Mobile Device Management Is Changing and May Be Obsolete

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    Technology companies are accustomed to identifying the categories in which their products exist by acronyms. This can get rather complicated and even a bit funny as the various categories morph and increasingly bleed into each other.

    Next year, Dell will release products into what Datamation refers to as the Enterprise Mobility Management (EMM) category. The idea is that EMM is more comprehensive than its antecedents:

    Instead of current piecemeal approaches to managing “bring your own device” (BYOD) environments, Dell EMM will enable customers to “take advantage of an integrated mobility solution for secure endpoint management of devices and workspaces,” boasted the company in a statement. The solution enables one-stop access and configuration of the product’s mobile device management (MDM), mobile device management (MDM) and mobile content management (MCM) capabilities, enabling quick MDM implementations.

    The story says that the product will included encryption security, compliance reporting policy management, and the ability of users to control workflows. The platform, Datamation reports, offers a virtual management server and console app for VMware.

    That is a lot of information, but still leaves open the question of precisely what EMM is. IT-TNA’s Steve Wexler, who duly notes that he attended Dell World 2013 in Austin as the vendor’s guest, sums EMM up pretty succinctly:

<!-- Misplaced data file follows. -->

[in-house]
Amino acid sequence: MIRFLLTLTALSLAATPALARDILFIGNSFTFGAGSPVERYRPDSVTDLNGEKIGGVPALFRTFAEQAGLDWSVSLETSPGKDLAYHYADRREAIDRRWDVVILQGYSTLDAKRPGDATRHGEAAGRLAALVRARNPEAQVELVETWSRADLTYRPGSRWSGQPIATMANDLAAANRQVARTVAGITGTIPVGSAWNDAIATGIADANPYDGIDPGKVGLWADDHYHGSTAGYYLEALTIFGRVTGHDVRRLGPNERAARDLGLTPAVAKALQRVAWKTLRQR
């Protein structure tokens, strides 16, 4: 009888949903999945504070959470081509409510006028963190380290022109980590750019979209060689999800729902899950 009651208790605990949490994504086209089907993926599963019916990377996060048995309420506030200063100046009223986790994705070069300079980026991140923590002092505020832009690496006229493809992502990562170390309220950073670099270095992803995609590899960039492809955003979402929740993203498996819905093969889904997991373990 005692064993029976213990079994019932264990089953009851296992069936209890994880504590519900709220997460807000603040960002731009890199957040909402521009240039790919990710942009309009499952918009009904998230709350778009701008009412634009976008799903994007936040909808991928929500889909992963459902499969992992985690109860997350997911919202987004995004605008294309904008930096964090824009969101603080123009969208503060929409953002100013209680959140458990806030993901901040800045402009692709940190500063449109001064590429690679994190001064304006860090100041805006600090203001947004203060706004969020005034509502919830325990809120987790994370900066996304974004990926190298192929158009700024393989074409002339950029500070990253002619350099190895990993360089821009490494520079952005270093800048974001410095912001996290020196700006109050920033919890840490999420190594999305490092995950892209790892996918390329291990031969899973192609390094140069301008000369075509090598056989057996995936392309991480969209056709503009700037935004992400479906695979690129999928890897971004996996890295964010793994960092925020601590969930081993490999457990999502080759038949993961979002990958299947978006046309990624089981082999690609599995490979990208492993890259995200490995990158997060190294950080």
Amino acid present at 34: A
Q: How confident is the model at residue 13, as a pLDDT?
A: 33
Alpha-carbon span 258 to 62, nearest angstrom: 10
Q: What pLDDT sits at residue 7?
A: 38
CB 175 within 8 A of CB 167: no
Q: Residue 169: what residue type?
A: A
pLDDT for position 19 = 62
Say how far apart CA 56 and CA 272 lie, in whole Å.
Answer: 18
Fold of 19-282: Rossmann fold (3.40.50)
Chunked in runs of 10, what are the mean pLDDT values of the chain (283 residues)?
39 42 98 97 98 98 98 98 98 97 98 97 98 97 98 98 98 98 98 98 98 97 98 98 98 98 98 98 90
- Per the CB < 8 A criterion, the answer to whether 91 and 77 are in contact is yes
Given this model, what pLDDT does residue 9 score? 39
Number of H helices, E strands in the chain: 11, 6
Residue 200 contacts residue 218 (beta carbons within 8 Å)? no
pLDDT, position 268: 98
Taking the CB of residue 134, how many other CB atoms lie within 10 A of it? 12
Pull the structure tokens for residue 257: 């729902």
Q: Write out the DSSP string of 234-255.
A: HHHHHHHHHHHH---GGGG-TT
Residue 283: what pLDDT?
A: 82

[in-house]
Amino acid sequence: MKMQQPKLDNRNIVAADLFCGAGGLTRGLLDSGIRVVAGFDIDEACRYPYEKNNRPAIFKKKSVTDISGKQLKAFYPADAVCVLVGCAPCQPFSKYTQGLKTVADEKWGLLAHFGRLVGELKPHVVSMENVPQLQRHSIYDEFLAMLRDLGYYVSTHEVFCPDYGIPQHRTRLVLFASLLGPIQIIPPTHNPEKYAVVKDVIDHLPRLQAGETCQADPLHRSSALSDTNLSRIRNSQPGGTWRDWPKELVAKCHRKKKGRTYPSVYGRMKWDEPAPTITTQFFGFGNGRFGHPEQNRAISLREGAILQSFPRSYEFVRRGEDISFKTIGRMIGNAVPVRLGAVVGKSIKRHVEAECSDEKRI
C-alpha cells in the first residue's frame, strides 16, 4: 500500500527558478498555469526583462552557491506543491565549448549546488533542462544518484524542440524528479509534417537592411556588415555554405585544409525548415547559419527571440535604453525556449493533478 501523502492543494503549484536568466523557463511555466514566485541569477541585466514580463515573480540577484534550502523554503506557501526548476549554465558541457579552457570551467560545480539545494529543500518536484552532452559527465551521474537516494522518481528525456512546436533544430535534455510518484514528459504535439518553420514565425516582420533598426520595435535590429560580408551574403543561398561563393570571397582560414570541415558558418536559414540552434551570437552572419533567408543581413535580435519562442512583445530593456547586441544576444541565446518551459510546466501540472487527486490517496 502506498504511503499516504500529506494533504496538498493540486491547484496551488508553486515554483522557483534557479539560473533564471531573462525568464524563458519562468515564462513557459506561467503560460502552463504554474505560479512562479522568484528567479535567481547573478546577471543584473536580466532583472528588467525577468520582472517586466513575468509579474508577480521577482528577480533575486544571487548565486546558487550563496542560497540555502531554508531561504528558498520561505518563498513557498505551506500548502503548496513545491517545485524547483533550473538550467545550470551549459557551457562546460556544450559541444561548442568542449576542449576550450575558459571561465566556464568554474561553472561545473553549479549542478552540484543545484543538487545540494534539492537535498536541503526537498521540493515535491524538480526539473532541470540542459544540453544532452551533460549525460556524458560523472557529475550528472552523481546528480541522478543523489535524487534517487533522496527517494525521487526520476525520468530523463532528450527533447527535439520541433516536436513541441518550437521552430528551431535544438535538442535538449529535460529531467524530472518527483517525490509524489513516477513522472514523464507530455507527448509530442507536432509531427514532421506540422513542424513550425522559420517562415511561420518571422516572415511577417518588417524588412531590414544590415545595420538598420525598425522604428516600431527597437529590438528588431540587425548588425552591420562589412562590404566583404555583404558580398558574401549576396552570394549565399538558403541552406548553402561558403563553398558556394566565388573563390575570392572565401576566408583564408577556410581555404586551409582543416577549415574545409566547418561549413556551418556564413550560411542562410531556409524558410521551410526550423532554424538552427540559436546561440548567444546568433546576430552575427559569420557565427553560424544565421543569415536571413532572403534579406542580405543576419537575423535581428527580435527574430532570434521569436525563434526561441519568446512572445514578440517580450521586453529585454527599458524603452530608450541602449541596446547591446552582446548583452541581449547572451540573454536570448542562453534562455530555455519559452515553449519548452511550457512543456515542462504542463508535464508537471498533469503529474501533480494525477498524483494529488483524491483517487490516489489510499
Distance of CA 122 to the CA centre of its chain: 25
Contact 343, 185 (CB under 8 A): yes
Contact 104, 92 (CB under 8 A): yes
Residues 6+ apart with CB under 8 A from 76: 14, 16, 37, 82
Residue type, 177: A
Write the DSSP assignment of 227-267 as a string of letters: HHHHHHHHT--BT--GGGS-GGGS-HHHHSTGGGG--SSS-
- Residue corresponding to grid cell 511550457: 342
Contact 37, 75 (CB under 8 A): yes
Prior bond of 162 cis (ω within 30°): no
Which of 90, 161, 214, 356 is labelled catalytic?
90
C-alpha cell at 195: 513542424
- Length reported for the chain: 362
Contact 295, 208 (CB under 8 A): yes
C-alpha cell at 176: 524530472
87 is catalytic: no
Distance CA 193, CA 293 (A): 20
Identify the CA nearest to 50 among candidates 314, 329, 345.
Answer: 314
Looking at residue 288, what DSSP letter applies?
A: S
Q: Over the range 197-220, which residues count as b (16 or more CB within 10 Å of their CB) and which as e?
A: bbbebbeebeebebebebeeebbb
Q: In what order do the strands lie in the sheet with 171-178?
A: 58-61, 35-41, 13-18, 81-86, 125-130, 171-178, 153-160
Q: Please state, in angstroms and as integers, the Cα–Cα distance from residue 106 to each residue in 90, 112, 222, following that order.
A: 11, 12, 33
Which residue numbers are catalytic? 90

EMM combines mobile device management (MDM), mobile application management (MAM), and mobile content management (MCM) with a secure remote access gateway (SonicWALL/SRA) to establish secure endpoints.

    The bottom line is that attempts are being made to create security platforms that protect the device, the data, and the communications between that endpoint and the back-office infrastructure to which it connects. The profusion of acronyms is a byproduct of vendor scrambling to find the right mix of technologies to meet the sky-high security needs of mobile workers and the fact that the devices sometimes are owned by the organization and sometimes by the employee.

    It seems to be a highly unsettled sector. In such an environment, the precise relationship between the acronyms and what the products do will be fuzzy. Network World offers a nice rundown of six MDM products. The reality is that they seem, to a greater or lesser extent, to offer features associated with MCM and EMM. The products are AirWatch, Apperian’s EASE, BlackBerry’s RIM BES10, Divide, Fixmo and Good Technology’s Good for Enterprise. The categories assessed are client support, server location price and features.

    The focus may be permanently shifting, however. TechRepublic’s Patrick Gray suggests that the  focus on the device is an antiquated remnant of the earlier days of IT in which the endpoint would be crammed with data. Today, ways are being found to keep sensitive apps and data off the endpoint and make them as “dumb” as possible. The crown jewels are stored in the cloud or elsewhere and dispatched only when needed. Focusing on protecting the devices which, he points out, are themselves worth less than a boardroom chair, is a waste of money.

    Carl Weinschenk
    Carl Weinschenk
    Carl Weinschenk Carl Weinschenk Carl Weinschenk is a long-time IT and telecom journalist. His coverage areas include the IoT, artificial intelligence, artificial intelligence, drones, 3D printing LTE and 5G, SDN, NFV, net neutrality, municipal broadband, unified communications and business continuity/disaster recovery. Weinschenk has written about wireless and phone companies, cable operators and their vendor ecosystems. He also has written about alternative energy and runs a website, The Daily Music Break, as a hobby.

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